I read Mindy’s first book and loved it, so I knew I would like this one if it was anything like the first. And it was, in all the best ways, while still bringing fresh topics and jokes to the table. It’s also full of great quotes, both inspirational and comical, so I thought I would try writing this review a bit differently. I will be sharing some of my favorite quotes from the book, along with a bit of context. Hopefully this will give you enough of a sneak peek to make you want to read the book yourself.

“If you’ve got it, flaunt it. If you don’t got it, flaunt it. ‘Cause what are we doing here if we’re not flaunting it?” 

This quote is from the chapter Unlikely Leading Lady, where Mindy tackles the topic of body image. She talks candidly about her relationship with her body, and the way the media tends to focus on her appearance since, as she puts it “women who are my size are so rarely seen on TV and film.” She also talks about how, although she has had her fair share of body image issues, in general her brain is filled with more important thoughts than what she weighs or whether or not she should eat dessert.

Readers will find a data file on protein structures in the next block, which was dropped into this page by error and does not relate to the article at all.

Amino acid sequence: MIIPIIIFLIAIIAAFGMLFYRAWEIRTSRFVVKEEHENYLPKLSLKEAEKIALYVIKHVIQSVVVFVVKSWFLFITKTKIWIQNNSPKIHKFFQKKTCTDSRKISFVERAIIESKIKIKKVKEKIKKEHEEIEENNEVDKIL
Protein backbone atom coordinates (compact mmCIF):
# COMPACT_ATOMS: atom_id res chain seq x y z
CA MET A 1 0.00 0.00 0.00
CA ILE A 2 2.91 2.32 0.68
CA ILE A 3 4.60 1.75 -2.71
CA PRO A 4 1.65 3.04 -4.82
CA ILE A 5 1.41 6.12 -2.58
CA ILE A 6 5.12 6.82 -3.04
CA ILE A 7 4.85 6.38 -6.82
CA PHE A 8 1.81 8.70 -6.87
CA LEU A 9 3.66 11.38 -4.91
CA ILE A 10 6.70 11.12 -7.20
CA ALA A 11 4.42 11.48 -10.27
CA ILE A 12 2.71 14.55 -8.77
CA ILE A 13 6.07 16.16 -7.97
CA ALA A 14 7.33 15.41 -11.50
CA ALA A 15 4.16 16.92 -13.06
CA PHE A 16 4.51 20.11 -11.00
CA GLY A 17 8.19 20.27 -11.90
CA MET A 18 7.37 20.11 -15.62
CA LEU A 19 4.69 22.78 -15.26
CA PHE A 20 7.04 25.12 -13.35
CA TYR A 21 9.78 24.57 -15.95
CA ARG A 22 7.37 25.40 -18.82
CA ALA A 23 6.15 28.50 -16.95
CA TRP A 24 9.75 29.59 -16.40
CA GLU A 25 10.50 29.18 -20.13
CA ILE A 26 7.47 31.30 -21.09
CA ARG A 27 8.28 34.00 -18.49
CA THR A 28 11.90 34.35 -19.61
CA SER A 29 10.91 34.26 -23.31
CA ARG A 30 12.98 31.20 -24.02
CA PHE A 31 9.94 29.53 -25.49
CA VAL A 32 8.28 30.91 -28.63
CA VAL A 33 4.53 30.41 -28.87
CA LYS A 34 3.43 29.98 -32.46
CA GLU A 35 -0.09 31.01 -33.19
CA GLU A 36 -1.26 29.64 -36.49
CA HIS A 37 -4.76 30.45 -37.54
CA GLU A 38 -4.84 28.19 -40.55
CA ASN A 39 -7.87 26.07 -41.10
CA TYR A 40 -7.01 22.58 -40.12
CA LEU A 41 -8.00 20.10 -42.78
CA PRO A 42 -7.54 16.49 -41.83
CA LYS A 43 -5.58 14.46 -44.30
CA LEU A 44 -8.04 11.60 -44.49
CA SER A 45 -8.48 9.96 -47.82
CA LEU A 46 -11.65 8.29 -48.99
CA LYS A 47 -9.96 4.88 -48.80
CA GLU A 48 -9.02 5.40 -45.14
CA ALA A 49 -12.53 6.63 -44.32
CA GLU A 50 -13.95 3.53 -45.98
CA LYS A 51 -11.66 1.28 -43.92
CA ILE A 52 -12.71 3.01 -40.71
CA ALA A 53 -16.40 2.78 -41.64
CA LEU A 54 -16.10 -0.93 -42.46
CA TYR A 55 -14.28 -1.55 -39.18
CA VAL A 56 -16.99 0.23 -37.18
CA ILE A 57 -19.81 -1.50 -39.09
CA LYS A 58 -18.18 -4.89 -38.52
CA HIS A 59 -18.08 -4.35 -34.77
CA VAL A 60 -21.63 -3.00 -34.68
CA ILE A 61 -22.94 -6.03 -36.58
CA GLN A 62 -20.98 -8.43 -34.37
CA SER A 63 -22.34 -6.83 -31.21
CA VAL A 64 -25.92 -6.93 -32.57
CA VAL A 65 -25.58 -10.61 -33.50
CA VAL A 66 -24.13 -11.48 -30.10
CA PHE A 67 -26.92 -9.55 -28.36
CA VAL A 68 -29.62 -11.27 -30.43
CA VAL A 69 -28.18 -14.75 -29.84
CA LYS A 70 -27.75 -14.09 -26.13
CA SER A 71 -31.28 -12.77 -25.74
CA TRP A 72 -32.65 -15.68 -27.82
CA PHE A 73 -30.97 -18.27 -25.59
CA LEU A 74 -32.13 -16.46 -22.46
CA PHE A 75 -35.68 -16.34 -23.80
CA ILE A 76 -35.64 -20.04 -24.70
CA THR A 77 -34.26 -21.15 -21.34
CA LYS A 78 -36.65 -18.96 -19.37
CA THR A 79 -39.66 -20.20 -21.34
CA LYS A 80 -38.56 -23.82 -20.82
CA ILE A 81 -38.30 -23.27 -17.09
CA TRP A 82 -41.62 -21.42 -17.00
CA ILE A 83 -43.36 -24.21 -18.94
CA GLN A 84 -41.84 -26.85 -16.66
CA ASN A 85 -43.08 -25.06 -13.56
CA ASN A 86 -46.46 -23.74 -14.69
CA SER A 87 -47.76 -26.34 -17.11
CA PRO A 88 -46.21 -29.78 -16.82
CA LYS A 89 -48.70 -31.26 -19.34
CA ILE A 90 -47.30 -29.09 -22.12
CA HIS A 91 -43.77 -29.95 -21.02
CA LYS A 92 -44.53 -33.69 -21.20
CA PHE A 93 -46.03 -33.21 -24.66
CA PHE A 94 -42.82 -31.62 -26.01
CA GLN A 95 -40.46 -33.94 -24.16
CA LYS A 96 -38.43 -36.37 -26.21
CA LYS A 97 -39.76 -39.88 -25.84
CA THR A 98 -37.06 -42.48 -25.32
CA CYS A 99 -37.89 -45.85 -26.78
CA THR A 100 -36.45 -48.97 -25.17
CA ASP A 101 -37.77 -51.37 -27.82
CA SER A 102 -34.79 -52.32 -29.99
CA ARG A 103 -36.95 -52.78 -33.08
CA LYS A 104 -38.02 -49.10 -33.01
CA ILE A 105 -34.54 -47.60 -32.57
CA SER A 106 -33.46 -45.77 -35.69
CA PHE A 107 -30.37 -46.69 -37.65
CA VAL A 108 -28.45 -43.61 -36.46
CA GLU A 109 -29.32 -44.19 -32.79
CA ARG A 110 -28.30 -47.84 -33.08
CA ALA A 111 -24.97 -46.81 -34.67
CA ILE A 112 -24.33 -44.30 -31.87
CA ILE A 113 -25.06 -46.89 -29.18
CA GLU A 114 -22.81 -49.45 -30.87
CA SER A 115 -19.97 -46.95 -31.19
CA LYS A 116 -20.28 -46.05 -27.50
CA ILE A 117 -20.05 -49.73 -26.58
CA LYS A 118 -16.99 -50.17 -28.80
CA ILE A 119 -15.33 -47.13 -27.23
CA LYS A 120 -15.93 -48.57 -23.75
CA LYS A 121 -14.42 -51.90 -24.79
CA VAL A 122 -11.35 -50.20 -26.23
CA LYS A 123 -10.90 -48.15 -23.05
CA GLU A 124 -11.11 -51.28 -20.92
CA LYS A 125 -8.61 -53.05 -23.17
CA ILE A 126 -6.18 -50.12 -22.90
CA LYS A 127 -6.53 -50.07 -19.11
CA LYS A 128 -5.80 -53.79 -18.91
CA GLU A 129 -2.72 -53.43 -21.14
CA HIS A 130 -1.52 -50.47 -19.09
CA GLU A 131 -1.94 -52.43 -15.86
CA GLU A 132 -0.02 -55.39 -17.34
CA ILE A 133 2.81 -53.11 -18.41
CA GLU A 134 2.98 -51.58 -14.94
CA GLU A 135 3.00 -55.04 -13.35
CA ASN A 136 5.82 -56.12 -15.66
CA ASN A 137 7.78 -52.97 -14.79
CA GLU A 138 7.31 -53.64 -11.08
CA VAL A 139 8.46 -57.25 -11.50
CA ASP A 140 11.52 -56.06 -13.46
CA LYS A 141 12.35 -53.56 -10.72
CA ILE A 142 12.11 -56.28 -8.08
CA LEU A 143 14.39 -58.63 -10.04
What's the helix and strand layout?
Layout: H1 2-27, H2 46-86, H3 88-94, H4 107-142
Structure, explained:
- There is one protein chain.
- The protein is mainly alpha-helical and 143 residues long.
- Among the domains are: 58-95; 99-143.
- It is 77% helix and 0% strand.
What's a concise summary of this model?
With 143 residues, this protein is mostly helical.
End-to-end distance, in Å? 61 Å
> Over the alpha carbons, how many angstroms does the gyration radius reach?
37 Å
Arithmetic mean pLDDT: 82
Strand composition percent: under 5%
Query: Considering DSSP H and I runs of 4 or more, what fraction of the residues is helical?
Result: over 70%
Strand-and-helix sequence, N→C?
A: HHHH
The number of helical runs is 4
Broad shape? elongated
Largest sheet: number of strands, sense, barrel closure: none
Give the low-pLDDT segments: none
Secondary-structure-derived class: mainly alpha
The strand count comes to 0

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“As calm as I might be, still, about once a month, I wake up at 4 a.m. and lie in the dark worrying about the same handful of things.” 

This was from a short chapter at the end of the book, aptly titled 4 a.m. Worries. I liked this quote (and this chapter) because Mindy shared some of the real worries that keep her up at night. It made me feel better to know even someone as successful as Mindy still has fears in life. Some of the fears she listed included: what if I have nothing to say? What if I have too much to say and not enough time?